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Academy 1/48 scale USAF A-10C Thunderbolt II plastic model kit review

Amazing engineering makes this the best modern A-10 in 1/48 scale
Kit:1238 // Scale:1/48 // Price:$69
Academy (Sample courtesy of Model Rectifier Corp.)
Wonderful engineering and surface details; good fits; great decals
Deep ejector-pin marks inside split ailerons; no seat belts
Injection-molded plastic (light gray, clear); 319 parts; decals, precut masks
There are three 1/48 scale A-10C kits on the market, and you might be asking, “Which one is the best?” Academy’s is the newest, so let’s see how it stacks up against the HobbyBoss and Italeri offerings.

When opening the box, you’ll see it packed with trees of light grey plastic. Academy provides the aft fuselage as a single, slide-molded part marked with fine recessed panel lines and raised rivets. Most kits split this area in half, risking damage to or the elimination of surface detail through filling and sanding. Three faint mold seams are visible, but I removed them easily by lightly scraping them using a hobby knife. As if that’s not enough, the same process was used for the engine nacelles. Such awesome engineering!

Sharply molded clear parts include a two-part canopy, lights, and optics for some of the windows. Precut masks for the canopy and wheels make painting your A-10C a breeze.

Decals and color diagrams show four marking options with multiple serial numbers for 11 possible aircraft that can be produced with this kit. All are in the current scheme of dark ghost gray over light ghost gray. Three are from the 75th Fighter Squadron, the “Flying Tigers,” with one in a heritage scheme honoring the 23rd Fighter Group that grew out of the American Volunteer Group. The last options are for aircraft from the 25th Fighter Squadron, the Assam Draggins, at Osan Airbase, South Korea.

In a change from many aircraft, construction starts with the nose gear bay, which builds from separate sides and upper panels. Individual hoses, actuators, and bulkheads finished the well.

The cockpit is well-appointed and detailed, and the multipart ejection seat looks great, but I wish Academy had included seat belts. There is a pilot (actually, you get two, since there are two “D” parts trees) with options of arm positions, two styles of helmets, and a separately-molded oxygen hose. The completed cockpit nestles into the forward fuselage, another example of the kit’s terrific engineering. Separately top and bottom panels finished the forward fuselage before I added the aft fuselage. There appeared to be a slight difference in diameter between the front and rear, but it’s not apparent on the completed model. I had to do minimal sanding and filling anywhere on this kit, especially the fuselage.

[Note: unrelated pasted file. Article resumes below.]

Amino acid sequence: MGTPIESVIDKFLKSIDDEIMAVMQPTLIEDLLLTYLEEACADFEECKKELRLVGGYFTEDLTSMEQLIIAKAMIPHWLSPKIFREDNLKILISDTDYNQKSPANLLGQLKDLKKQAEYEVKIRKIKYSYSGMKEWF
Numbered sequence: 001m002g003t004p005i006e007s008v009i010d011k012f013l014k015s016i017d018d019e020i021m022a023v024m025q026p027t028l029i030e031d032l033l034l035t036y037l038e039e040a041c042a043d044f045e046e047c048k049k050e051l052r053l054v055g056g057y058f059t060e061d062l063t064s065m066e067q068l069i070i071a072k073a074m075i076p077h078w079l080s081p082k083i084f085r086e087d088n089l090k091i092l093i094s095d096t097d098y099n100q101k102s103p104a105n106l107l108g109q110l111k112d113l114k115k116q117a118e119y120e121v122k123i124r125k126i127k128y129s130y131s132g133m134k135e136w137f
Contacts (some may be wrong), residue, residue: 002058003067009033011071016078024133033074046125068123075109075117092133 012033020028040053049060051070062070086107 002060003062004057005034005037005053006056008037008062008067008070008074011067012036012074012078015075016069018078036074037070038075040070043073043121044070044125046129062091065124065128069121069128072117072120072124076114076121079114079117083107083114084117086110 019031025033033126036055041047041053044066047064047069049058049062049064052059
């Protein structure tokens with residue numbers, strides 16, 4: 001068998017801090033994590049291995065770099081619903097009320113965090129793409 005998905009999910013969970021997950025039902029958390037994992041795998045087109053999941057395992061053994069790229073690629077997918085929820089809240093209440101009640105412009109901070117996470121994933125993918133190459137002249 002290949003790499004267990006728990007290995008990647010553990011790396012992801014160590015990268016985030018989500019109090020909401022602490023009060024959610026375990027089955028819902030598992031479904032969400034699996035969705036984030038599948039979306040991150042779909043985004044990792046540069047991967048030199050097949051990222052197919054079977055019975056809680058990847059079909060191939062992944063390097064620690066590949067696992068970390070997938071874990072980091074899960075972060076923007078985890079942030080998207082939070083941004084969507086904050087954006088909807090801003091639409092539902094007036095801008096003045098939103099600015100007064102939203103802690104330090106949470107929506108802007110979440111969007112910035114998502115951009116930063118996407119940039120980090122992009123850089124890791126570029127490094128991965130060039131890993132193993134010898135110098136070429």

The wing assembly has separate flaps and split ailerons/decelerons. The flaps simply click into place. One of my complaints about this kit; ejector-pin marks are apparent inside the split ailerons, and they were deep and difficult to eliminate, so I posed the ailerons closed. There are also ejector-pin marks on the weapon pylons, but they pretty much disappear with primer and paint. The only fit issue I had was with the rear fairings where the fuselage meets the wings. Other manufacturers mold this right onto the fuselage, but Academy created these separately, and they need a touch of sanding to fit tightly.

The engines look great, with fan and turbine blades and the engine exhaust halves.

Detailed landing gear legs get weighted tires.

The weapons and targeting systems are nicely detailed and fit well, but there are few options, with only one loadout shown in the instructions. Ordnance includes a pair each of AIM-9M Sidewinders, AGM-65 Mavericks, GBU-54s, GBU-12s, and LAU rocket pods, as well as an AN/AAQ-28 Litening targeting pod and an AN/ALQ-184 electronic attack pod. A centerline fuel tank is also given.

I finished my Thunderbolt II as a 75th Fighter Squadron aircraft at Bagram Airbase in Afghanistan in 2014 with Vallejo acrylics. Closed wheel well doors are included; they aren’t called out in the instructions, but they work great as masks.

Beautifully printed, the decals settled into and around surface detail with little encouragement. The only decals I had trouble with were the squadron insignias on top of the vertical stabilizers and the LCD screens on the instrument panels. Note that the walkway decals are mislabeled: H and F, which are for the horizontal stabilizers, should be G on the placement guide. I didn’t catch the discrepancy until I placed them on the wings. I should’ve paid more attention here.

Academy’s 1/48 scale A-10C plastic aircraft kit was a pleasure to assemble. Other than the pesky ejector-pin marks, it is a high-quality model. I wouldn’t offer this kit to a beginner, but if you have built a few kits, it won’t be an issue.

So, it remains to answer the question: Which 1/48 scale A-10C is the best? Academy. It’s not perfect, but any minor shortcomings are trumped by the fit, engineering, surface detail, and building experience. Plus, it’s an A-10, and who doesn’t want one in their collection?
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